April Breyer Menon, Corinne Atton and Ha Kung Wong reveal that PTAB decisions have been consistent but drug patents challenged multiple times are more likely to be found unpatentable.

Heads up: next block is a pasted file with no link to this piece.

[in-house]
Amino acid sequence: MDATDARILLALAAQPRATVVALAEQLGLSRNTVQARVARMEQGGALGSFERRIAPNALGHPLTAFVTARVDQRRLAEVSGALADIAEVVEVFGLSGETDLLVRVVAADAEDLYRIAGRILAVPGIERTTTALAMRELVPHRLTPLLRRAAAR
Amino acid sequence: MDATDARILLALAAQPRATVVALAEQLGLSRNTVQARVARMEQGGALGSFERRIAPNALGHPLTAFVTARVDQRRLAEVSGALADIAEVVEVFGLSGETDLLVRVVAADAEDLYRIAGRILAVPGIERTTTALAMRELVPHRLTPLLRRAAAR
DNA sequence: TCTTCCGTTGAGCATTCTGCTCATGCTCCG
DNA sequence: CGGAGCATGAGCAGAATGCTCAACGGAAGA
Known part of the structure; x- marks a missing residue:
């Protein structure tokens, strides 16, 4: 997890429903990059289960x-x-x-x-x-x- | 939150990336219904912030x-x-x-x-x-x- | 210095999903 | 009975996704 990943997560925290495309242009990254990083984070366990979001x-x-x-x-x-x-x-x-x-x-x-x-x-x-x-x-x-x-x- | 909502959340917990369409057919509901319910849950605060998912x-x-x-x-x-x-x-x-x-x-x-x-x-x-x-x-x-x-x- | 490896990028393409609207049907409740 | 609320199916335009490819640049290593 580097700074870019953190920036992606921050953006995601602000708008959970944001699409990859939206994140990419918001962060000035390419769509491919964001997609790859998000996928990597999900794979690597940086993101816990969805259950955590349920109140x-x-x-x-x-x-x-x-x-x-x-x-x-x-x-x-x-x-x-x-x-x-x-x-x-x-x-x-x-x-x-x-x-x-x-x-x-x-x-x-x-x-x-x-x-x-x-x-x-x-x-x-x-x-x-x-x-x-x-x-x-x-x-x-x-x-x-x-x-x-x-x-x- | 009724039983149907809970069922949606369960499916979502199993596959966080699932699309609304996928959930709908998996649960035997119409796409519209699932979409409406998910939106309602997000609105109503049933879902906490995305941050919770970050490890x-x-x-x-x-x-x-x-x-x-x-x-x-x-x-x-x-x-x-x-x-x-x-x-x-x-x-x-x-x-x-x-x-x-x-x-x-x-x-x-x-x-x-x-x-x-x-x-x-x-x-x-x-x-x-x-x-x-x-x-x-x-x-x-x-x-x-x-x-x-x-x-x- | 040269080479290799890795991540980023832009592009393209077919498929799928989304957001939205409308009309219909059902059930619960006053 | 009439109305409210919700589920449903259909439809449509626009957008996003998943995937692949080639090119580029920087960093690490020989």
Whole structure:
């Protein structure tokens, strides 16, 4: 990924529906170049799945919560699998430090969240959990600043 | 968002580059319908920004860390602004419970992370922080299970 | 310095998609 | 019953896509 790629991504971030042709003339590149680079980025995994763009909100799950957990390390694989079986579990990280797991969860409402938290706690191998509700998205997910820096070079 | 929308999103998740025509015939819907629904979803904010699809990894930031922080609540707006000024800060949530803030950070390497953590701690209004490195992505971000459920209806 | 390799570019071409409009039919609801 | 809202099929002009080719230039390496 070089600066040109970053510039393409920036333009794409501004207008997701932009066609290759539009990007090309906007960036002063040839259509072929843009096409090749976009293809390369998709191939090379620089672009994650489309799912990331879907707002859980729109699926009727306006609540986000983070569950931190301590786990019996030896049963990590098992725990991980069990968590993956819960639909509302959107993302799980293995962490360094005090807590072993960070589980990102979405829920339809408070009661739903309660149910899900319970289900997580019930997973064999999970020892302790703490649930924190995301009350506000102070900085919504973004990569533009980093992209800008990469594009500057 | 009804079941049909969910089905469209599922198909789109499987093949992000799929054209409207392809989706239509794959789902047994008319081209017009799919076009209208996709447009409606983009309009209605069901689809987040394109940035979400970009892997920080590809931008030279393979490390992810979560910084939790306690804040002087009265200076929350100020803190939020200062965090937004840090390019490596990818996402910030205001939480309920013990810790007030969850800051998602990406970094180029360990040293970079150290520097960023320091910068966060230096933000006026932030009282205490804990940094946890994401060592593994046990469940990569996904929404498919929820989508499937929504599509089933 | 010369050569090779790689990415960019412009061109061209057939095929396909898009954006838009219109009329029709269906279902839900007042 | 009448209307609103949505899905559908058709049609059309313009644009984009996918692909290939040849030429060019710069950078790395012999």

There has been some concern regarding the statistics periodically issued by the Patent Trial and Appeal Board (“PTAB”) of the US Patent and Trademark Office, that the numbers reported overlook multiple inter partes review (“IPR”) challenges to the same patents, and potentially, different outcomes in those challenges. We have monitored IPRs filed on drug patents – patents that are listed in the Food and Drug Administration’s (FDA) Orange Book (“Orange Book patents”), and patents that have been identified in proceedings as reading on FDA Purple Book listed biologic drugs (“Biologic Drug Patents”) – and report here that while certain drug patents have been challenged in multiple IPR petitions, concern as to different outcomes, at least in the final written decisions (“FWDs”) that have been issued to date, appears to be unfounded. These FWDs have been consistent: either all instituted claims have been held unpatentable, or all instituted claims have been held not unpatentable. The biggest news is that drug patents challenged in multiple IPRs – at least those that reach FWD – have a much greater chance of being found unpatentable than drug patents that have been challenged in only one IPR. The percentage is 63% for what we have described in this article as “duplicative FWDs”, compared to 44% for non-duplicative FWDs.